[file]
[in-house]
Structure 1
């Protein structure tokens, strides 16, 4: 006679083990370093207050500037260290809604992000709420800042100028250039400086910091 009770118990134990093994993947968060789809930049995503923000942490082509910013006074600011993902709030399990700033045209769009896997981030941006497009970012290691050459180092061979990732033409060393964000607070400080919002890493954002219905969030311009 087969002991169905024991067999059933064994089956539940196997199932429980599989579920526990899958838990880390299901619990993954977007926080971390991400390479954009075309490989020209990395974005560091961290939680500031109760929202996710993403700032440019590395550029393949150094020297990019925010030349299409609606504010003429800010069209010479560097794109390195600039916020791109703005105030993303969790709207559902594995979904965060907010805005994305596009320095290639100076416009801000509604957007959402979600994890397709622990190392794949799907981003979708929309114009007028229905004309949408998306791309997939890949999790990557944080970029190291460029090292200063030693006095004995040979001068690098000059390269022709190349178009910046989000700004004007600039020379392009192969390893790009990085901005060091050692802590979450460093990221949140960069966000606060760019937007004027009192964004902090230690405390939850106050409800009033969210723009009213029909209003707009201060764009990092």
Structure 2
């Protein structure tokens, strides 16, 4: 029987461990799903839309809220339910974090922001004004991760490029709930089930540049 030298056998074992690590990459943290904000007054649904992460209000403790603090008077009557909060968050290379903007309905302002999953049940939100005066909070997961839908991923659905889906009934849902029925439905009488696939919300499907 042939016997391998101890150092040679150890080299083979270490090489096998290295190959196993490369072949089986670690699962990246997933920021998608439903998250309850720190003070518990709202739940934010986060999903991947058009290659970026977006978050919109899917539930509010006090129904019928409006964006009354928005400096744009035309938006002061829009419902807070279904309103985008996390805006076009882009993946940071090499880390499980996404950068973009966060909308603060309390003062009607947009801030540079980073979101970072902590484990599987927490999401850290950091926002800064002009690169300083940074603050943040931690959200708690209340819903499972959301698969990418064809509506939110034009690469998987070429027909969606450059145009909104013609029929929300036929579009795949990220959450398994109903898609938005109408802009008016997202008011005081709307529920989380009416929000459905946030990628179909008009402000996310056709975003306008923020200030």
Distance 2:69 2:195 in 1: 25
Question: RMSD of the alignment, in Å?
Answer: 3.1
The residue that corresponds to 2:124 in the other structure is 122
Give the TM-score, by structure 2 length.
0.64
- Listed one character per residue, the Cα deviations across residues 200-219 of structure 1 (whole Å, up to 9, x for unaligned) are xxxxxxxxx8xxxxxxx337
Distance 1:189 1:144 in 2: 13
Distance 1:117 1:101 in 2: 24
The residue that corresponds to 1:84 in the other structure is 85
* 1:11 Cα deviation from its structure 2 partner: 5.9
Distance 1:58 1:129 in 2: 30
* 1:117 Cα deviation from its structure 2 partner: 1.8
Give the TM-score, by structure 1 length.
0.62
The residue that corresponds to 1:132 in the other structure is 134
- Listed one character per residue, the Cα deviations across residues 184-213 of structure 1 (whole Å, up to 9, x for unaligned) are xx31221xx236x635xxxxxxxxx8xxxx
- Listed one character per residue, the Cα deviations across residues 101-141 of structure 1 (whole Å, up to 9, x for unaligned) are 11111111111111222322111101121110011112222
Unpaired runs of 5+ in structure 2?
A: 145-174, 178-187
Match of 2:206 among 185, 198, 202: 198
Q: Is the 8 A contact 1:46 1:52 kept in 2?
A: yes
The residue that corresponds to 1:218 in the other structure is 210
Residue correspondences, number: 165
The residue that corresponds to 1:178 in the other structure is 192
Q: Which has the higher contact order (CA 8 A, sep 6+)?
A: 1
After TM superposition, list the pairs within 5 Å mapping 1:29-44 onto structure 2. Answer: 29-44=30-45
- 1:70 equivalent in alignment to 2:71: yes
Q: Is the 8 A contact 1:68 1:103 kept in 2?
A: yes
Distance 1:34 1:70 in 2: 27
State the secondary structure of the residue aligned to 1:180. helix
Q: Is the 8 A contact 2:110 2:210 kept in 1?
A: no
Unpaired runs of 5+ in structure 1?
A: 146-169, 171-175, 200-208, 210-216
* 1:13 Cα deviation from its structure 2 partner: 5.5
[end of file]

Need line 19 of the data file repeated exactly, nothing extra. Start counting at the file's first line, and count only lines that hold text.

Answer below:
Give the TM-score, by structure 1 length.